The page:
The past 20 months have been a very bumpy ride for Africa, as indeed for the rest of the world, as the Covid-19 pandemic shattered the best-laid plans.
By October 11, the number of confirmed Covid-19 deaths in Africa had reached 214,177, with the total cases nearing 8.4 million, representing 3.58 percent of the global total. At the same point, cases globally were more than 234.6 million, causing nearly 4.8 million deaths.
Considering that Africa’s population is equivalent to 16.72 percent of the total world population, optimists think the continent dodged a bullet by carrying only 3.58 per cent of the global Covid-19 burden, as it were.
That, however, is of little comfort to the people who lost their dear ones, and the millions whose lives have been upended or ruined by the economic blow of the pandemic. East Africa’s media have painted a very gloomy picture over the past nine months. Every week newspapers have carried stories of bloodied local, regional or international companies either closing down or shuttering their operations and sending workers home.
Tourism, the mainstay of most East African countries’ economies, took a severe hammering. The six-member states of the East Africa Community lost 92 percent of their tourism revenues due to the Covid-19 pandemic, according to the bloc’s secretary general, Peter Mathuki.
Tourist arrivals to the region fell from 6.98 million before the pandemic to 2.25 million at present. Although he is optimistic about a full recovery, Dr Mathuki projected that it would happen “within a span of less than five years,” in other words, not by this Christmas.
However, if we cast our gaze wider, there are many hopeful signs. On December 10 and 11, 2021, the Nation Media Group is convening its very successful pan-African conference, the Kusi Ideas Festival, in the Ghanaian capital Accra, to explore these signs of renewal and recovery.
This will be the third Kusi Ideas Festival, under the theme “How Africa Transforms After the Virus”. We see not only renewal and recovery, but also transformation emerging from the virus crisis. For example, there are indications of an increase in urban plot sizes across East Africa as a direct response to disruptions of both global and local supply chains. This has significant long-term implications for the cost of food and deliveries from farms to markets.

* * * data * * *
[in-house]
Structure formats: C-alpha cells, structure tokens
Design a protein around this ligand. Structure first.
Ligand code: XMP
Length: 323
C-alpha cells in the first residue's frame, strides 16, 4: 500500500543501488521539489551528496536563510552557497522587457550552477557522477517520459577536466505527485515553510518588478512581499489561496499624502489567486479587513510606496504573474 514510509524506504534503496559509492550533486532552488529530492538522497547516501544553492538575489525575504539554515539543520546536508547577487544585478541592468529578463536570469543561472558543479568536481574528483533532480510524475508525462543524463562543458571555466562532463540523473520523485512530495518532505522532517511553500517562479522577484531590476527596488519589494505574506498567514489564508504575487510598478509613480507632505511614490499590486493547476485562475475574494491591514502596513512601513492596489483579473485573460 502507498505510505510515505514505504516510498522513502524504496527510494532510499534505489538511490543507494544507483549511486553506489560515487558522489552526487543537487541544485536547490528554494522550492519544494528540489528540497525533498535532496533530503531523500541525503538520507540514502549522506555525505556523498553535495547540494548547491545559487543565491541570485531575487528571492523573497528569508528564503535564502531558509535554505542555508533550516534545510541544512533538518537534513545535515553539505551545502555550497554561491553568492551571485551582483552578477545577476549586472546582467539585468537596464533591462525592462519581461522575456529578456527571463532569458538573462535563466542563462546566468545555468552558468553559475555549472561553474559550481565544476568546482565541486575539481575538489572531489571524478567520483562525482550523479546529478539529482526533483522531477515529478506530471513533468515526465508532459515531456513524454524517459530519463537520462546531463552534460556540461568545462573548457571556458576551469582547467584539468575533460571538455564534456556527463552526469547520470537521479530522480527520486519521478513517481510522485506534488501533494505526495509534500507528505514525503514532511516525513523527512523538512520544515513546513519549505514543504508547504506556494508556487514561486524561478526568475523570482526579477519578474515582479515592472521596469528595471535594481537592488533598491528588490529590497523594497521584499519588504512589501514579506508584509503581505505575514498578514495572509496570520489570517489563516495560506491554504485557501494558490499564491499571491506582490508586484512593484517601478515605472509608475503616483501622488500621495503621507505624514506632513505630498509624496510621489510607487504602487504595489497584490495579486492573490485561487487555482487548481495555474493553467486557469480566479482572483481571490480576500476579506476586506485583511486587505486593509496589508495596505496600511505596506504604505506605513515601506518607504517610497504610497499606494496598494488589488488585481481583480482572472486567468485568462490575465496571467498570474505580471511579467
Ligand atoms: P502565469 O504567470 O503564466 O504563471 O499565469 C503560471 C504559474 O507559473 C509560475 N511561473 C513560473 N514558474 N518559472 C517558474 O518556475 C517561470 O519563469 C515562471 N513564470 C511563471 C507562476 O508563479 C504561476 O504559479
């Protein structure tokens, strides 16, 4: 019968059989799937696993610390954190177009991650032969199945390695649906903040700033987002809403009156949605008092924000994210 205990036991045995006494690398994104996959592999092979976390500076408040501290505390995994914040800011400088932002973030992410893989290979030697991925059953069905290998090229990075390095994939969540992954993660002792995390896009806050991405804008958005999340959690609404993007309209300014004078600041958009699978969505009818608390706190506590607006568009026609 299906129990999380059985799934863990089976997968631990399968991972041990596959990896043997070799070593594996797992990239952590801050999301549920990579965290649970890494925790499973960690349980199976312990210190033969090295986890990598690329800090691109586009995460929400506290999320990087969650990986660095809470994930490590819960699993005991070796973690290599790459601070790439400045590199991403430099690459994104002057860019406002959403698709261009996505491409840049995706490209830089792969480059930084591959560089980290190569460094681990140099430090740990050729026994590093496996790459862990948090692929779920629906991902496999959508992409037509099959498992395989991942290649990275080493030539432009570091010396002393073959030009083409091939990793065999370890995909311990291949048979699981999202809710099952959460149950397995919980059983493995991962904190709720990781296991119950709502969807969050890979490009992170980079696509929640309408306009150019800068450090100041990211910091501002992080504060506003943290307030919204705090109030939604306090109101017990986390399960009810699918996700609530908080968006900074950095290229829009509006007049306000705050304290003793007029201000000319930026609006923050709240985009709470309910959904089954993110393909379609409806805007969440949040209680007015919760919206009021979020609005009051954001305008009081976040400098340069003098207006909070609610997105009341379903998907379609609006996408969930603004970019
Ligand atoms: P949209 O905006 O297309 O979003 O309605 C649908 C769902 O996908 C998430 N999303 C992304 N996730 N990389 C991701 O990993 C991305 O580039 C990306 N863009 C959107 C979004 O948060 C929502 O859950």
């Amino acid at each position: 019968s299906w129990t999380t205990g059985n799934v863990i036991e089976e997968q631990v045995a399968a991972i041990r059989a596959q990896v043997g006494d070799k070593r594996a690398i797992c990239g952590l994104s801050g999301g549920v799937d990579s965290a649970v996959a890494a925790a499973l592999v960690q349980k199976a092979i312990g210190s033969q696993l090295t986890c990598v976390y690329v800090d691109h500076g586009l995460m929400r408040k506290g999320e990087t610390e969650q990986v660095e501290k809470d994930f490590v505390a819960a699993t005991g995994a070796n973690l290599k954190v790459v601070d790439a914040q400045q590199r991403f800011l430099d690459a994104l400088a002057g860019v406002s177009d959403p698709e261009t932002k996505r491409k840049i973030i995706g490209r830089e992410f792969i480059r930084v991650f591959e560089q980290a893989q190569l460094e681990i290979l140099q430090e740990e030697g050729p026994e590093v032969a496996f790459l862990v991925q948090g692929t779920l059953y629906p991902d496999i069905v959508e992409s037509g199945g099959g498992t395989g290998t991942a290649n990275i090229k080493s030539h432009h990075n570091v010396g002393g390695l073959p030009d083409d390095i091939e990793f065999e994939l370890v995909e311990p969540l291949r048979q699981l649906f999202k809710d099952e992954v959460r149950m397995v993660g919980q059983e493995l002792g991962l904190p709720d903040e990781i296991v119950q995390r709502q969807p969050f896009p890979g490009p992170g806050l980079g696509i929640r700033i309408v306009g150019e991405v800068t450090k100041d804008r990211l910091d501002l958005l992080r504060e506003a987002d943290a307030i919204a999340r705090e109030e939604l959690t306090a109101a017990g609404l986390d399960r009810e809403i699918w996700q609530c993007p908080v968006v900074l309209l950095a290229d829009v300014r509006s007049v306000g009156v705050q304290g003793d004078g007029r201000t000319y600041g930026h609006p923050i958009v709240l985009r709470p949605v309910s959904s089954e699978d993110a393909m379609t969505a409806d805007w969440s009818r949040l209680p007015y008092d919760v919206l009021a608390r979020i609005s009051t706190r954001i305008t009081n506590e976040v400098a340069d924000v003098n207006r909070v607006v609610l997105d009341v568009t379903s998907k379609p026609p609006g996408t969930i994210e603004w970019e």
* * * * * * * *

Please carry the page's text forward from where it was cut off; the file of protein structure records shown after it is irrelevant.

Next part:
There are also indications of a swing towards organic fertilisers, with all the possibilities that the pivot could hold for a better ecological order in these environmentally challenging times.
At the wider trade level, Morocco’s Tanger Med Port handled nearly six million containers in 2020, an increase of 23 percent compared to 2019, at a time when some major ports in the world were recording negative growth or glad to see growth of between one to five percent. This, according to Tanger Med officials, was a result of shippers deciding to consolidate rather than stop at three or more ports, to deal with the new risks posed by Covid-19.
We witnessed a sterling show from Africa Centre for Disease Control and Prevention (CDC) in its leadership on a continental response to the pandemic, that gave new credibility to pan-African institutions and way of working.
Today, 41 countries have ratified the African Continental Free Trade Area (AfCFTA), which is working to bring together 55 African countries with a combined population of more than one billion people and a combined GDP of more than $3 trillion. Remarkably, 13 of the 41 ratifications happened during the pandemic, as did indeed the official handover and commissioning of the AfCFTA Secretariat Building in Accra, by President Nana Akufo-Addo on August 17, 2020.
One of the reasons we are holding Kusi 3 in Accra is the opportunity to be in close proximity to the AfCFTA nerve centre, and because we believe trade and pan-African collaboration are the glue that will heal the Covid-19 wounds.
Kusi 3 will look at these transformations and their likely impact. And it will also drill down into a whole range of other sources of energy, innovation centres, and explore the wonderful things the young people of the world’s most youthful continent have created. During the pandemic, for instance, Senegalese-born TikTok star Khaby Lame amassed the second-biggest following of any account on the widely popular social media platform with nearly 120 million — and helped propel TikTok’s rapid growth on the continent.
In countries like Uganda, where health insurance was lagging behind car insurance, the pandemic period has for the first time reversed that.
And in a game-changing moment for Africa, in a first, the World Health Organisation just recommended a ground-breaking malaria vaccine for children at risk in sub-Saharan Africa and other regions with moderate to high malaria transmission. The recommendation is based on results from an ongoing pilot in Ghana, Kenya and Malawi that has reached more than 800,000 children since 2019.
Having to contend with the many problems we face daily, Africans often don’t give themselves enough credit for their achievements. On the balance, I think we have something to celebrate in the way we are emerging from this crisis. We shall toast to that on the beach at Accra in December.
Stephen Gitagama is Group CEO of Nation Media Group.